This is the first in a series of tests of the new Voigtlander macro lens. To see all the tests, scroll to the bottom of this pace — below the comments — and click on the ping-back links whose titles interest you.
I received my Voigtlander 65 mm f/2 Apo-Lanthar yesterday and tested it off-axis to make sure it was a good copy.
The lens is metal and solid. Focus throw is about 300 degrees, which is about as good as you can do without a really expensive helicoid like Leica uses sometimes. That makes distance focus wide open a little twitchy. The lens comes with a circular screw-on hood that doesn’t look like it would help much. I was initially put off by that but soon determined that the lens cap would also fit on the end of the hood. I’ve decided to just leave the hood on. The fact that it’s only a little over half an inch long, which I at first considered a drawback, is now a plus for compactness if you’re going to leave it attached.
Today I tested the lens for longitudinal chromatic aberration (LoCA) and focus shift. I made a series of exposures at each whole f-stop from f/2 through f/11, at a reproduction ratio of 1:10 using a motorized rail and this protocol:
- Sony a7RII
- Double-edged razor blad backlit with Wescott LED panels aimed at white diffuser
- ISO 100
- Manual exposure
- Manual focus, set at one position
- Cognisys computer-driven focusing rail
- 100 exposures 100 um apart
- Lens distance set at 1:10 magnification mark
- Document mode decoding with DCRAW
- MTF50s for all the raw color planes calculated using MTF Mapper
- Graphing in Excel
Here’s a picture of the test setup:
The camera and rail are on the left. The Cognisys controller and battery are below them, slung among the tripod legs. The razor blade is mounted on the tripod in front of the camera. The two Wescott lights are on the light stands. The white diffuser is taped to the door.
Here are the results at f/2 (I apologize for getting the captions wrong here. It’s a 65 mm lens, not a 60 mm one):
Distance in cm is plotted as the horizontal axis, with the left-hand size having the subject further from the camera than the right-hand side (The camera moves closer to the subject by 100 um after each exposure). The vertical axis is MTF50 in cycles per picture height (cy/ph), which is a good proxy for sharpness.
The first thing to notice is how sharp this lens is wide open. The lowest peak is about 2000 cy/ph, which is very sharp indeed.
The next thing is that there is little LoCA, which presents as the difference measured horizontally in the peaks of the three color channels.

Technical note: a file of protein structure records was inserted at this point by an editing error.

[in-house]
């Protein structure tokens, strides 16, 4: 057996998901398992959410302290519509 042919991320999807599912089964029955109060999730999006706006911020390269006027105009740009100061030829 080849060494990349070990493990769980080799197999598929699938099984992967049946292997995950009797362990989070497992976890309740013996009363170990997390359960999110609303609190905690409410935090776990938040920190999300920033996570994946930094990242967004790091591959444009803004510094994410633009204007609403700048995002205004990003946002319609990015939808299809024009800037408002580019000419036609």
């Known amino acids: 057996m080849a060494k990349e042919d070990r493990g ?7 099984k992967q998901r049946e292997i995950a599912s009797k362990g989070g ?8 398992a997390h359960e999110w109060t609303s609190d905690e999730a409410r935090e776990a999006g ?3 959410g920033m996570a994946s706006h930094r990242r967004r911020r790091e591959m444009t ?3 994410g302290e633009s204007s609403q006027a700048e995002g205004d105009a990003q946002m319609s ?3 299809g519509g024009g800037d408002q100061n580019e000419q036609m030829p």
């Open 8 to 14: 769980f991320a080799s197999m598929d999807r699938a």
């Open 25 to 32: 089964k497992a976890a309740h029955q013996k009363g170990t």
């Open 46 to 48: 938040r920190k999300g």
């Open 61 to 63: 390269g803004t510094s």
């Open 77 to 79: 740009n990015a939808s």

Now the lens is even sharper. I don’t think I’ve seen this level of on-axis sharpness on the a7RII before. The blue channel peak has moved over so that it’s nearer the green channel, and the red channel has stayed about as far apart as it was wide open.
To give you an idea what a spectacular performance this is, compare it to the very sharp Soony 90 mm f/2.8 macro at the same f-stop and reproduction ratio:
The horizontal axis as scaled differently, so the peaks appear wider in the case of the Sony lens. Notice that the green channel peak with the 90 is about 1700 cy/ph, and compare that to the 2300 cy/ph peak of the Apo-Lanthar.
Not quite as sharp as at f/2.8, but still very sharp indeed.
Let’s compare that to the Sony 90:
The Apo Lanthar is somewhat sharper, though probably not enough to make any real-world difference. It has less LoCA than the already-exemplary Sony, but again, that’s probably something you’d only notice in the lab.
Let’s compare the Apo Lanthar to the macro LoCA champ, the Coastal Optical 60 mm f/4, also at 1:10:
OK, the super-expensive CO lens is better for LoCA. But it’s not as sharp. How about that!
Now the depth of field completely covers up the small amount of LoCA.
And finally, at f/11:
Now let’s plot the green channel curves for all the above apertures on one graph so we can get an idea of the amount of focus shift as you stop down:
There is very little focus shift that won’t be covered up by increasing DOF as you stop down. You can be confident focusing this lens wide open.
I am seriously impressed.